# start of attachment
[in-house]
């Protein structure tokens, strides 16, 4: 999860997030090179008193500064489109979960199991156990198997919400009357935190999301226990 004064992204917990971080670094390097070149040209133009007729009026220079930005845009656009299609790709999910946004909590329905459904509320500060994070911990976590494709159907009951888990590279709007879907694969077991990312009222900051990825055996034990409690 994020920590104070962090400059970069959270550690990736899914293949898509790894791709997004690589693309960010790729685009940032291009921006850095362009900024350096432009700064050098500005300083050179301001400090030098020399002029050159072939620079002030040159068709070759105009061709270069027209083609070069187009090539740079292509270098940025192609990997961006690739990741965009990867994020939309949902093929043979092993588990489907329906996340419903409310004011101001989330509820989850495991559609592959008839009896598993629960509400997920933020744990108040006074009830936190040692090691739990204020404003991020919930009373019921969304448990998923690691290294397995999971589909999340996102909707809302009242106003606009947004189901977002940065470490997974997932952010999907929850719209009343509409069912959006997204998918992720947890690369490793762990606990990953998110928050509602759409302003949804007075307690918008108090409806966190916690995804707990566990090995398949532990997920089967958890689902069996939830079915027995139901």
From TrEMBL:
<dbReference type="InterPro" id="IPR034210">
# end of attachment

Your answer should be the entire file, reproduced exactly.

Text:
[in-house]
């Protein structure tokens, strides 16, 4: 999860997030090179008193500064489109979960199991156990198997919400009357935190999301226990 004064992204917990971080670094390097070149040209133009007729009026220079930005845009656009299609790709999910946004909590329905459904509320500060994070911990976590494709159907009951888990590279709007879907694969077991990312009222900051990825055996034990409690 994020920590104070962090400059970069959270550690990736899914293949898509790894791709997004690589693309960010790729685009940032291009921006850095362009900024350096432009700064050098500005300083050179301001400090030098020399002029050159072939620079002030040159068709070759105009061709270069027209083609070069187009090539740079292509270098940025192609990997961006690739990741965009990867994020939309949902093929043979092993588990489907329906996340419903409310004011101001989330509820989850495991559609592959008839009896598993629960509400997920933020744990108040006074009830936190040692090691739990204020404003991020919930009373019921969304448990998923690691290294397995999971589909999340996102909707809302009242106003606009947004189901977002940065470490997974997932952010999907929850719209009343509409069912959006997204998918992720947890690369490793762990606990990953998110928050509602759409302003949804007075307690918008108090409806966190916690995804707990566990090995398949532990997920089967958890689902069996939830079915027995139901």
From TrEMBL:
<dbReference type="InterPro" id="IPR034210">